The IBTA states, "The Internet is creating an increased demand for server computer I/O subsystem performance, scalability, reliability and flexibility. A shift to a switched fabric-based I/O architecture will enable industry participants to meet this increased demand. … (The) InfiniBand Trade Association represents the industry's choice for developing I/O technologies that will keep pace with the demands of the Internet age."

But we have Fibre Channel at 2Gbps, with 4 Gbps due and 10Gbps following, and GigE with 10GigE coming. Historically, Ethernet has swept all before it. Can Infiniband's capacity and low latency enable it to prevail as a standard cluster, and grid computing, data center connect technology?

“Infiniband has receded,” says Illuminata Inc. principal analyst Jonathan Eunice. “It’s still a player, it’s just not what it was originally thought to be. But it still has possibilities in HPC [high performance computing] and embedded systems. Infiniband makes a pretty good foundation for those types of applications.”

Embedded computing
SBS Technologies sees embedded computing as the Infiniband sweet spot and it is offering new products to take advantage of that market. It's added two new Infiniband products with more on tap for next year.

SBS offers Fibre Channel and Gigabit Ethernet embedded computing products, too, but the company sees demand for Infiniband, albeit primarily in the military and high computing segments. “We’re seeing a lot more requests for Infiniband over the last six months,” SBS Infiniband technologist Steve Cook says. “Demand has been growing steadily."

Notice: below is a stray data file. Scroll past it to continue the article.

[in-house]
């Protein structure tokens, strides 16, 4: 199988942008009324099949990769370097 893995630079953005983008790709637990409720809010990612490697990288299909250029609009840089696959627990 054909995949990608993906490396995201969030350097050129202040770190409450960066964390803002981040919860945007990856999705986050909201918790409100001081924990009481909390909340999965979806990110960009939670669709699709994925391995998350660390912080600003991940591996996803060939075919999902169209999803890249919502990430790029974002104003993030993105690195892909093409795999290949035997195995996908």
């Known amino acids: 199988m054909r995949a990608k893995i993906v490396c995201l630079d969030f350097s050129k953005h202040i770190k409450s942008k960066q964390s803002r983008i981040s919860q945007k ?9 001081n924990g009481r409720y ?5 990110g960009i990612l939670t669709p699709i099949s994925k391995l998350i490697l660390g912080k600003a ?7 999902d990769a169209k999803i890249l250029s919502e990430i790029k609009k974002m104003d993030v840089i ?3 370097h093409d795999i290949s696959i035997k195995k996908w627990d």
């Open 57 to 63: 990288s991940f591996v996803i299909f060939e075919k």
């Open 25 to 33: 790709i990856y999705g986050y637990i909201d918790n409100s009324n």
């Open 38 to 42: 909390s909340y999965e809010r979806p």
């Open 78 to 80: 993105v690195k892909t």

Cook says roughly half of the company’s Infiniband sales are in embedded systems, with about 40 percent in HPC.

Good Future
Richard Ptak of Ptak Noel Associates thinks Infiniband is being given a second chance. "I'd say that Infiniband has its best days before it. It was hit hard by the slow down as prospective champions and vendor-users focused on more pressing (read: revenue/survival) problems. But the promise and attraction of a very high-speed, scalable, robust interconnect has become even more attractive with the focus and interest on utility, grid, On demand, adaptive, whatever-you-call-it computing."

"Taking just IBM as an example, listening to their product strategies, research directions and implementation plans should remove any doubt of their plans to push intelligence and performance into the hardware. I wouldn't bet on any single technology as the sole survivor mechanism to meet a functional need but Inifiniband seems to me to have increasingly visible and active support as the connector technology of choice for realizing automated intelligent infrastructure.

SBS asserts that Infiniband isn’t going away, no matter how many times pundits kicked it to the curb after its disappointing start. But neither are GigE and FIbre Channel interconnects. It looks like it's going to be a mixed interconnect world and not, however much the IBTA might wish, one in which "a shift to a switched fabric-based I/O architecture ... represents the industry's choice for developing I/O technologies that will keep pace with the demands of the Internet age." Infiniband though could be the grid computing intercomnnect of choice.